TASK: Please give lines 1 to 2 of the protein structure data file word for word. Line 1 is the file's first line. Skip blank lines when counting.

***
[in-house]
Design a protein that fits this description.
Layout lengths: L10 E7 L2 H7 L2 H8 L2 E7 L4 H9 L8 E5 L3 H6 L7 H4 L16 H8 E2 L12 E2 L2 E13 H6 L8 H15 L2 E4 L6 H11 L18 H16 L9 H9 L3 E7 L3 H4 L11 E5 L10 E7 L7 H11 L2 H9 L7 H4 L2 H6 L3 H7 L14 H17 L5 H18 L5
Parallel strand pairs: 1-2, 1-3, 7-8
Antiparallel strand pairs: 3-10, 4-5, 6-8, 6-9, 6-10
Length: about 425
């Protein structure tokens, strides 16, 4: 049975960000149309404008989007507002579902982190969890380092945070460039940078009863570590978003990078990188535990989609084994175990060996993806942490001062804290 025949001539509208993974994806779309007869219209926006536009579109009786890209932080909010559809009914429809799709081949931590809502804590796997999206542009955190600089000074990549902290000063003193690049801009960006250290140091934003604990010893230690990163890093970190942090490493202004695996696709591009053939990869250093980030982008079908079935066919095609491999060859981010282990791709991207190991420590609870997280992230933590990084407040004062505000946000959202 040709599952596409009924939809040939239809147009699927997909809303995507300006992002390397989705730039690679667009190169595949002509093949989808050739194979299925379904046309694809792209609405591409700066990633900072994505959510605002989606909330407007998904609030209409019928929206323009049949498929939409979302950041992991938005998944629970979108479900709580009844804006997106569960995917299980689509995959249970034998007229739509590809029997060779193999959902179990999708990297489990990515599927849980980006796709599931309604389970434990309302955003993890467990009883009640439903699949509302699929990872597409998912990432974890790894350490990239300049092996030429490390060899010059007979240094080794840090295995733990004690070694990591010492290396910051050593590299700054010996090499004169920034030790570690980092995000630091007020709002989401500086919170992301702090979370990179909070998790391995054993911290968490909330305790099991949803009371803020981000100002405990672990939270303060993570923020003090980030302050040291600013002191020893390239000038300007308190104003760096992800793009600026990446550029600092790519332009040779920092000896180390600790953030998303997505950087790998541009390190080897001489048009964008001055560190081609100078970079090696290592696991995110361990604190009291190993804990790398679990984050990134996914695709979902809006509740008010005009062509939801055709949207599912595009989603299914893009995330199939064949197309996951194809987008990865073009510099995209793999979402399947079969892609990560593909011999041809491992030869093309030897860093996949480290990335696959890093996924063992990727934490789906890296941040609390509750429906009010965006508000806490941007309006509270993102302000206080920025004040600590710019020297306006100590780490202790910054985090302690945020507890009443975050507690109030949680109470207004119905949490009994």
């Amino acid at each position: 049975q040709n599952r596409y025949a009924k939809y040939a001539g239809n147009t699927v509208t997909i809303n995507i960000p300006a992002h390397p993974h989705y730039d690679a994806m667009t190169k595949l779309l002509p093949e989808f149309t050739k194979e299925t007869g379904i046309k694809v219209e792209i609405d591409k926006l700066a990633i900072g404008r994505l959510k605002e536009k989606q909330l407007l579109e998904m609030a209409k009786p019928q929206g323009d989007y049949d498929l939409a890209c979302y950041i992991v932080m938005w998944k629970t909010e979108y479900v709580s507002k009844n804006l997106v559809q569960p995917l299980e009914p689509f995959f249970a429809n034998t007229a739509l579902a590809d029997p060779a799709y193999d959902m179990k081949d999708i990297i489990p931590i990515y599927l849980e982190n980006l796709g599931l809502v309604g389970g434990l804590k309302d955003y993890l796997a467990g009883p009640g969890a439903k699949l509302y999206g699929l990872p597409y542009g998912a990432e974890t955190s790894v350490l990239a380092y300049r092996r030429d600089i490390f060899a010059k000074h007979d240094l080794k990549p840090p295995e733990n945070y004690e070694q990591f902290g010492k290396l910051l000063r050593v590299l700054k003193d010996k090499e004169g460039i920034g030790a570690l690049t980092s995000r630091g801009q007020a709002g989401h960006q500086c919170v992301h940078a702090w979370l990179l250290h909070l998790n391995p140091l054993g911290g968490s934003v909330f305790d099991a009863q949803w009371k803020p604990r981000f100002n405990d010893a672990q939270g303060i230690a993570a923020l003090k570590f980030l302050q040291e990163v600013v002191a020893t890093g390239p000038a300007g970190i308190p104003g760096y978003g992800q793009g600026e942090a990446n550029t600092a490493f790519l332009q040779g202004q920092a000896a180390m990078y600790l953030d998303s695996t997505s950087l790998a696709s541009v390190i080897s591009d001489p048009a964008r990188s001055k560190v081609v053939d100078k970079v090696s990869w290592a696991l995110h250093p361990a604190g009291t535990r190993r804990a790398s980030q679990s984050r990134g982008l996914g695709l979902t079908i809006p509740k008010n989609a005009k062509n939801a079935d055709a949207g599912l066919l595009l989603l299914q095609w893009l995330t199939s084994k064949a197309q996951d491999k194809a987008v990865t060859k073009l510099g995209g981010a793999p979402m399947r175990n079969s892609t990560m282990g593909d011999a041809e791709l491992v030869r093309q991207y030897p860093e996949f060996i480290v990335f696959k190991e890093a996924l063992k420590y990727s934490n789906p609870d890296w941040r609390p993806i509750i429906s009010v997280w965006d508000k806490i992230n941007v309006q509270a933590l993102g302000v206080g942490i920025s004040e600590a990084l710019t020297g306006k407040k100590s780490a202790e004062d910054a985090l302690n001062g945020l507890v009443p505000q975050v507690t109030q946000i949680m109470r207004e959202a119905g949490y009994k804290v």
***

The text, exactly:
[in-house]
Design a protein that fits this description.